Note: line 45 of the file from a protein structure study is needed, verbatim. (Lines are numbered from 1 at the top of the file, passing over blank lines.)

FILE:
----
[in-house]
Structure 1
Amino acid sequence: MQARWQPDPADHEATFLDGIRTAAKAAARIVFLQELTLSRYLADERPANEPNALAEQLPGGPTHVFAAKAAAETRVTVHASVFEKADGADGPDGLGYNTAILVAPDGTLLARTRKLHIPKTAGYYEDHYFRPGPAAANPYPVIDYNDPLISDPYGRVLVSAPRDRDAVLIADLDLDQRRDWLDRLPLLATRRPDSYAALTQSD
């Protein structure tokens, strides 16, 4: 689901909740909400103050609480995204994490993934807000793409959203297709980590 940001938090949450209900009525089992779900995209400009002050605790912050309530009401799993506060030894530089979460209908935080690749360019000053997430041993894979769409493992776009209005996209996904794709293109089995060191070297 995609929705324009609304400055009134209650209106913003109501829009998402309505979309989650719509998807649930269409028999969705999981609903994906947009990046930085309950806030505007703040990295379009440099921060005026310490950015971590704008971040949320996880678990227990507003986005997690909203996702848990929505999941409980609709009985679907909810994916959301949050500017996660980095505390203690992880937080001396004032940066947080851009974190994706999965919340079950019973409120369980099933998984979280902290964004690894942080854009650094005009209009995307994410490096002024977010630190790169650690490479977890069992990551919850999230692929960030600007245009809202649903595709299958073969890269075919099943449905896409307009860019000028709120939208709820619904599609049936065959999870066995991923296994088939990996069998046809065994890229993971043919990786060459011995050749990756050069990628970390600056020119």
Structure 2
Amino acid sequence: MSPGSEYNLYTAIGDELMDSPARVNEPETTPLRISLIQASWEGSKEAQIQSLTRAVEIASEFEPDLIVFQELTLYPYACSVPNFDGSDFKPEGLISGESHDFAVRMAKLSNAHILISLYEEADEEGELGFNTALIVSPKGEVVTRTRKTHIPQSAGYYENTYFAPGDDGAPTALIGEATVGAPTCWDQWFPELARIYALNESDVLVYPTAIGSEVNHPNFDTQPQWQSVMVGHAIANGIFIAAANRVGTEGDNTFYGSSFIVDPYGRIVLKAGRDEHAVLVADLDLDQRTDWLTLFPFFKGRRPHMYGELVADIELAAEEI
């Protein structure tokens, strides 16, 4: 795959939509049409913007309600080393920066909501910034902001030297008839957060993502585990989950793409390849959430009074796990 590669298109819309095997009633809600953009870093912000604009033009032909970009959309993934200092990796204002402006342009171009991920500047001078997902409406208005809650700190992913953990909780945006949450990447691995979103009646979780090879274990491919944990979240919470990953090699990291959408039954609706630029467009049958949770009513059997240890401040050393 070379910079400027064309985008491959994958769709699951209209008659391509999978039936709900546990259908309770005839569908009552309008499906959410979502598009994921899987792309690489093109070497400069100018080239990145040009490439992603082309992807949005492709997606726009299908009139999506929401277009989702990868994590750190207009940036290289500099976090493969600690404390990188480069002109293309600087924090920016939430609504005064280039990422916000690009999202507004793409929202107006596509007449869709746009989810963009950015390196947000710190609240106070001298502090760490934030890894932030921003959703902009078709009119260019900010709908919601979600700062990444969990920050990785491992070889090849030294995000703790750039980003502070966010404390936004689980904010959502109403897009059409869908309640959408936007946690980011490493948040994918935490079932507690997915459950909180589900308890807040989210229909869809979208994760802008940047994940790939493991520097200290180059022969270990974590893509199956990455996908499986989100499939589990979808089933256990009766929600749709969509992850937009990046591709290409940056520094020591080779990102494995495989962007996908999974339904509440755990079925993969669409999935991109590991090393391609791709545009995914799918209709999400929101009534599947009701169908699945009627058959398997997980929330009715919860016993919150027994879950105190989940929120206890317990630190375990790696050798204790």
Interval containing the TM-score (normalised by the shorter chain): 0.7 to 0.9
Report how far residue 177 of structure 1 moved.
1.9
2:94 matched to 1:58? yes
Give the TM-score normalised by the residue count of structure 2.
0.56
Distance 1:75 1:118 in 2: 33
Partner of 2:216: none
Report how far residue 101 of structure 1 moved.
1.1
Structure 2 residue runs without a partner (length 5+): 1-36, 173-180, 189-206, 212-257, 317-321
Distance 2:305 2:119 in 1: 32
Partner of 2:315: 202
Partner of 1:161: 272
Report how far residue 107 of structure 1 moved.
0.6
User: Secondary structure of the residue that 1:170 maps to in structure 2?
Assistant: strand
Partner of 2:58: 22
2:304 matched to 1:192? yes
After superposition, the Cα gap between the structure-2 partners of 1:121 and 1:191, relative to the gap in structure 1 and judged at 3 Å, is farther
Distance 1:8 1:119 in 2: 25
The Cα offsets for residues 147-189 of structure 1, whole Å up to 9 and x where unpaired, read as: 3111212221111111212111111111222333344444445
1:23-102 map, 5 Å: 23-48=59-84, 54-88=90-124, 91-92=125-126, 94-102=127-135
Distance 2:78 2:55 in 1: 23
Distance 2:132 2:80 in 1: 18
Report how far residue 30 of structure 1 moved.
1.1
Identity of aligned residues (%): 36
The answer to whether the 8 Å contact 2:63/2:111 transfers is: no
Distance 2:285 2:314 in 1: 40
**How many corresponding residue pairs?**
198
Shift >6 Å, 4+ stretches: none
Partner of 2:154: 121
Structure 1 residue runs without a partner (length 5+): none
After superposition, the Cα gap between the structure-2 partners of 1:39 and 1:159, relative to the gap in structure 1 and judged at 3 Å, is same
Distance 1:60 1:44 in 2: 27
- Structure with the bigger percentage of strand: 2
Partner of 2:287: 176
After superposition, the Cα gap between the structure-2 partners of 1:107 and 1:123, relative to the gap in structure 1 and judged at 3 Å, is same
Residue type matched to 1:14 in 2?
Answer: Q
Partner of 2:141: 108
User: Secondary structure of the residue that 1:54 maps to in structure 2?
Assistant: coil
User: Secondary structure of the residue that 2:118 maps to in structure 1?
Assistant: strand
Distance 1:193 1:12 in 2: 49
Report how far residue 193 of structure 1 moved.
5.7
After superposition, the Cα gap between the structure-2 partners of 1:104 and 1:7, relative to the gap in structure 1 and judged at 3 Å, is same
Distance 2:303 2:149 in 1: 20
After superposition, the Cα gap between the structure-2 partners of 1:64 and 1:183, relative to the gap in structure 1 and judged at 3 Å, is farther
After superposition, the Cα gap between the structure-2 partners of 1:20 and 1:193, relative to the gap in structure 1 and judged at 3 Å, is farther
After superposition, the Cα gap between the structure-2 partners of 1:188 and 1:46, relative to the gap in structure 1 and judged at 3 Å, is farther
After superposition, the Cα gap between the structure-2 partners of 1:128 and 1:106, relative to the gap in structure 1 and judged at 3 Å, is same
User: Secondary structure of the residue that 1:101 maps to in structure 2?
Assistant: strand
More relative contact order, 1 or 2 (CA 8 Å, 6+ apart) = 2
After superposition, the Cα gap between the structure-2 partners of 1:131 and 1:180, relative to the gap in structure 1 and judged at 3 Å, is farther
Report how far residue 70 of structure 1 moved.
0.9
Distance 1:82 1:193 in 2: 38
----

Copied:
Distance 1:60 1:44 in 2: 27